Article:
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Are You Talkin’ To Me?

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by Francis (Skip) Fennell, NCTM President 2006-2008
NCTM News Bulletin, November 2007 (PDF)

The title of this article is a phrase often repeated on the streets of New York City. And it is a question that mathematics teachers could ask decision makers everyday. If you are a teacher, you are the most important factor influencing student achievement in mathematics. Of course, the tools that support your craft—such as curricular materials and assessments—are influential, but what teachers do matters even more. And it is absolutely essential for you to be involved in decisions that affect your ability to fulfill your responsibilities as a teacher of mathematics.

Far too often decision makers are not “talkin’” directly to teachers or involving them in planning that will have an impact on their work. And frankly, this oversight—this disrespect—contributes to the departure of many mathematics teachers from the profession. Whether it’s a state, school district, or schoolbased decision, teachers must be involved when change is being considered. Reform or change (I prefer the word change) is often needed—even overdue—and teachers must be involved in determining how to best improve instruction. Why? Because teachers are responsible—every day—for its delivery.

When you get involved in schoolbased, district, state, or nationwide initiatives that will result in any type of change, think about these factors, which are important to successful change:

  • Leadership determines what gets done. Those of you who have worked with effective superintendents, principals, or supervisors know how important their leadership is when it comes to implementing change and empowering teachers to use their expertise to guide that change.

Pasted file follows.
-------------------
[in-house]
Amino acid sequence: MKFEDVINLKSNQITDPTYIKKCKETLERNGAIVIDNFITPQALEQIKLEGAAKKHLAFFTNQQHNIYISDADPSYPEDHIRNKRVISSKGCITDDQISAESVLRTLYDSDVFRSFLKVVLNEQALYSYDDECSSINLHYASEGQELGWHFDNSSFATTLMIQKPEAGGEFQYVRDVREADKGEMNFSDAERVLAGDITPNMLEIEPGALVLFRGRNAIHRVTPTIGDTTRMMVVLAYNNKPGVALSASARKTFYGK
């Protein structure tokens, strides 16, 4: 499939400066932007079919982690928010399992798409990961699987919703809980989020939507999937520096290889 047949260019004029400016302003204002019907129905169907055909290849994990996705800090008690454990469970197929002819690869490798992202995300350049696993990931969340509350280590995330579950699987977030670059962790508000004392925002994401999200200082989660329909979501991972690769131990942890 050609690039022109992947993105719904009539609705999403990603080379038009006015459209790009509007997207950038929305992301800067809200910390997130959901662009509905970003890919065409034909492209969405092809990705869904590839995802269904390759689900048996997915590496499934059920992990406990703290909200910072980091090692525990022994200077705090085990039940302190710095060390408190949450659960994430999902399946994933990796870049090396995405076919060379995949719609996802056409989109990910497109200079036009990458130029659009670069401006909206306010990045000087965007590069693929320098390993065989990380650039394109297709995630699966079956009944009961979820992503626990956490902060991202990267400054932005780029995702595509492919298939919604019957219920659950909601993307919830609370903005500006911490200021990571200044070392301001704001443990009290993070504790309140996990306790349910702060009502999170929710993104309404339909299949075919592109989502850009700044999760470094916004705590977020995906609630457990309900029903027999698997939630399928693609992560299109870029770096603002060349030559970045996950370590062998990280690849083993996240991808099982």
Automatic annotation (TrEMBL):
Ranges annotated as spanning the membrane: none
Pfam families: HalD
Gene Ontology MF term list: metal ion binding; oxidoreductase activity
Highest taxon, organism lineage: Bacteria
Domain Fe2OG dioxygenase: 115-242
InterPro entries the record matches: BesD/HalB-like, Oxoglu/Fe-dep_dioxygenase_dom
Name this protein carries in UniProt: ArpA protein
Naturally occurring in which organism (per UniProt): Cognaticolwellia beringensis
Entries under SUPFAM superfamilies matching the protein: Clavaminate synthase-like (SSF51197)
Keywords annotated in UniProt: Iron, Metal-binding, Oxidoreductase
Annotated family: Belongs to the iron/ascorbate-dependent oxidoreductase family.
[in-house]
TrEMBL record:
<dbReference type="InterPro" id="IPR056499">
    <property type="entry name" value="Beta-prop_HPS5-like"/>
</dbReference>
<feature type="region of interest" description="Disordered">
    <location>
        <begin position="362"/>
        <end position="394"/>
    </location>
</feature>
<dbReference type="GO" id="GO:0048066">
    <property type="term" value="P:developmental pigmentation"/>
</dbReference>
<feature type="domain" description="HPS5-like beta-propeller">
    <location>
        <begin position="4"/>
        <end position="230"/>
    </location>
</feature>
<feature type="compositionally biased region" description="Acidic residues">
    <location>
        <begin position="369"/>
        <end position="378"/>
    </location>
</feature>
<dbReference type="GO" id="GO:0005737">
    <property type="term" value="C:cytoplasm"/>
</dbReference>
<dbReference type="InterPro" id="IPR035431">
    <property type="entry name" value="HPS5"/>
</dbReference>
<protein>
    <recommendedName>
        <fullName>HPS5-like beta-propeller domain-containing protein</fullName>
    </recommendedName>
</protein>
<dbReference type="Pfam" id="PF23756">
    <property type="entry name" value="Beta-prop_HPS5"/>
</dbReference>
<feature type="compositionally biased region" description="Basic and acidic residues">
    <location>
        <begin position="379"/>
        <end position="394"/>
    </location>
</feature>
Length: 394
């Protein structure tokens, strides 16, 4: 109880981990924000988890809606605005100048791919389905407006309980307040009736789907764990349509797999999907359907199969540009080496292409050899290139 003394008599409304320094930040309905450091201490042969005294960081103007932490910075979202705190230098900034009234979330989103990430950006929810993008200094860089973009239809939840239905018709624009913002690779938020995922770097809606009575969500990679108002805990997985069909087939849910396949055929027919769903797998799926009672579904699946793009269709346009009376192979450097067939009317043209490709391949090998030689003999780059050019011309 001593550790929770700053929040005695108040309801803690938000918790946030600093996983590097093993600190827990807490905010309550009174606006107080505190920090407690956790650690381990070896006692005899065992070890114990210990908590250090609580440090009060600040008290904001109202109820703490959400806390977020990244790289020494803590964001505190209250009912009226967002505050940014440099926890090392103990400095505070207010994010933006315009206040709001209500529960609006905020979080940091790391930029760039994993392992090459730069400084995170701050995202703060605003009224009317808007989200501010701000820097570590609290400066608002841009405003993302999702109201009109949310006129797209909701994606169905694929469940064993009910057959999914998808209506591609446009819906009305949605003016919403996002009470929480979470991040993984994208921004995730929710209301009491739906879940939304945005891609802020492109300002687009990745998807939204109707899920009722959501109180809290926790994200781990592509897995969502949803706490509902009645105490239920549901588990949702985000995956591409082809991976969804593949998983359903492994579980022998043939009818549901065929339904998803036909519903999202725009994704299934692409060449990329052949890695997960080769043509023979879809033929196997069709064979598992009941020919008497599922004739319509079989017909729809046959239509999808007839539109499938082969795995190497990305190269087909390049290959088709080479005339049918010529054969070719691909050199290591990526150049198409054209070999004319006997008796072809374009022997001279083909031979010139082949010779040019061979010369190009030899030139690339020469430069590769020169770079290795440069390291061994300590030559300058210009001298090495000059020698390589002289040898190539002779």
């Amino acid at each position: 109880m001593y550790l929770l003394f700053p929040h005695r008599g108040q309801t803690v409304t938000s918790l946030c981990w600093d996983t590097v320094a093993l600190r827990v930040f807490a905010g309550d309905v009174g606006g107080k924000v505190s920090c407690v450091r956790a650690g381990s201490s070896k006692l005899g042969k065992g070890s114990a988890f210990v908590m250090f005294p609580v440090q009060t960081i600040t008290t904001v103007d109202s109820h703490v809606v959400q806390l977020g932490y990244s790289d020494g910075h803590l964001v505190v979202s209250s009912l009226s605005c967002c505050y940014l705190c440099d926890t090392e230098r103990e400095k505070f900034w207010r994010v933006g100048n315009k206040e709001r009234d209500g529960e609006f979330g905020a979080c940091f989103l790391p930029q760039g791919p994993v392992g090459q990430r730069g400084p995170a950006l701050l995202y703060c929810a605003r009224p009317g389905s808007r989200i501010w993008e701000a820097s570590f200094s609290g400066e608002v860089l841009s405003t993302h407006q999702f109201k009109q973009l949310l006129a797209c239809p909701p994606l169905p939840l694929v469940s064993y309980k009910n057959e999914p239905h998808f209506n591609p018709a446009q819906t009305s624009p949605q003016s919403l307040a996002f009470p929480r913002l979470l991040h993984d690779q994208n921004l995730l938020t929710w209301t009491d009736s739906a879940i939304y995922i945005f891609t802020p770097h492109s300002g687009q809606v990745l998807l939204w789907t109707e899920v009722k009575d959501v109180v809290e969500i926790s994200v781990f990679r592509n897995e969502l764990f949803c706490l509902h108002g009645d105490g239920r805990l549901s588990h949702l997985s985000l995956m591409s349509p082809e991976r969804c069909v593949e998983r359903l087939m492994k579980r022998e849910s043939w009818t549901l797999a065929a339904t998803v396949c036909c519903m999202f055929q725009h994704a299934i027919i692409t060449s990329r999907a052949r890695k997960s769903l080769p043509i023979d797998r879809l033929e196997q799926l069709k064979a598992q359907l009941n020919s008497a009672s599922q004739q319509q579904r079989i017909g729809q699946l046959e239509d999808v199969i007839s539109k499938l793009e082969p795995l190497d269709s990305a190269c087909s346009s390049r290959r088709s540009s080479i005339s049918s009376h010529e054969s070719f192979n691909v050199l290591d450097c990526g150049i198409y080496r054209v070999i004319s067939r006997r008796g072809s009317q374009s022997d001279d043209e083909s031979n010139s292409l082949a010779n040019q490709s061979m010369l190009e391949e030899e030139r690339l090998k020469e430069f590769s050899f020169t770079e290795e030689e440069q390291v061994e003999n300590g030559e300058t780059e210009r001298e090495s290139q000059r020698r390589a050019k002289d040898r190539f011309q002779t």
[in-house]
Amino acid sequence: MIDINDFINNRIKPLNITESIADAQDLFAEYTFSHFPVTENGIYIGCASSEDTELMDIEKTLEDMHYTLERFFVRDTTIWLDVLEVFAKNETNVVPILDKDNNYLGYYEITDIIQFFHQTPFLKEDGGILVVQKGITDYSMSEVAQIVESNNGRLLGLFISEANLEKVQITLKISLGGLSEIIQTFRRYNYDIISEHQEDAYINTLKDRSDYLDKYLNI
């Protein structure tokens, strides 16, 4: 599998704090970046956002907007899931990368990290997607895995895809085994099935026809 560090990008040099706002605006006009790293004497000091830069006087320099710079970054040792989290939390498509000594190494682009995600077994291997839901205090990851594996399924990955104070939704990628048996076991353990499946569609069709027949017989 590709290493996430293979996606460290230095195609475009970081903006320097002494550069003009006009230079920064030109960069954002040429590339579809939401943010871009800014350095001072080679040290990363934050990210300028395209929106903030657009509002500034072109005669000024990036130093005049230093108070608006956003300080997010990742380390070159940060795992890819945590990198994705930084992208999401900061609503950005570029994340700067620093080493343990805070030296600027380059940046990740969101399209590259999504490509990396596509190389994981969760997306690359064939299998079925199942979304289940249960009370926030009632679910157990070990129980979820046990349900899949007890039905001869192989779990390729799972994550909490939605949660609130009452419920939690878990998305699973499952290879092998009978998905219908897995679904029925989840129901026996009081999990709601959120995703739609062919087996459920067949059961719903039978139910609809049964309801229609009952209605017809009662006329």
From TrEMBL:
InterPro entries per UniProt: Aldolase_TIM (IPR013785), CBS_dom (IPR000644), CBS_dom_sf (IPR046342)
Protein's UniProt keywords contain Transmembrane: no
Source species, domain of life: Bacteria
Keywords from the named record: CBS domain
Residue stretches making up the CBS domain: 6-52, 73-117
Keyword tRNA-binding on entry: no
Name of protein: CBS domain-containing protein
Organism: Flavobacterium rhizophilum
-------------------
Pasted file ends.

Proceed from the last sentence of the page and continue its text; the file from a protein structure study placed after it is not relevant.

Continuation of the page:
• Assessment should monitor the implementation of the initiative. What’s being used to determine the success of changes? Are the assessments appropriate? Reliable? Or do they just add another round of tests to the schedule? Are the current challenges to meet state expectations more important than the accountability measures that will be used to assess the new project?
  • There must be coherence between the proposed project and existing instruction. Does the proposed project subsume current practices? Should something new be implemented while a new curriculum is still being assessed? How many pilot programs can be run during the same year?
  • Teachers must be given enough time for think about the new idea before it is implemented. Colleagues have told me about new things that were sprung on them only a few days before the launch date. Clearly, decision makers were not talking to them.

We know that students who outperform their peers, regardless of socioeconomic background, have one thing in common —highly effective teachers. Principles and Standards for School Mathematics tells us, “Effective teaching requires continuing efforts to learn and improve. These efforts include learning about mathematics and pedagogy, benefiting from interactions with students and colleagues, and engaging in ongoing professional development and self-reflection.” And I would add this to that statement: to be effective, teachers need to be involved in the decision-making that shapes their work. Are they talkin’ to you? I sure hope so.

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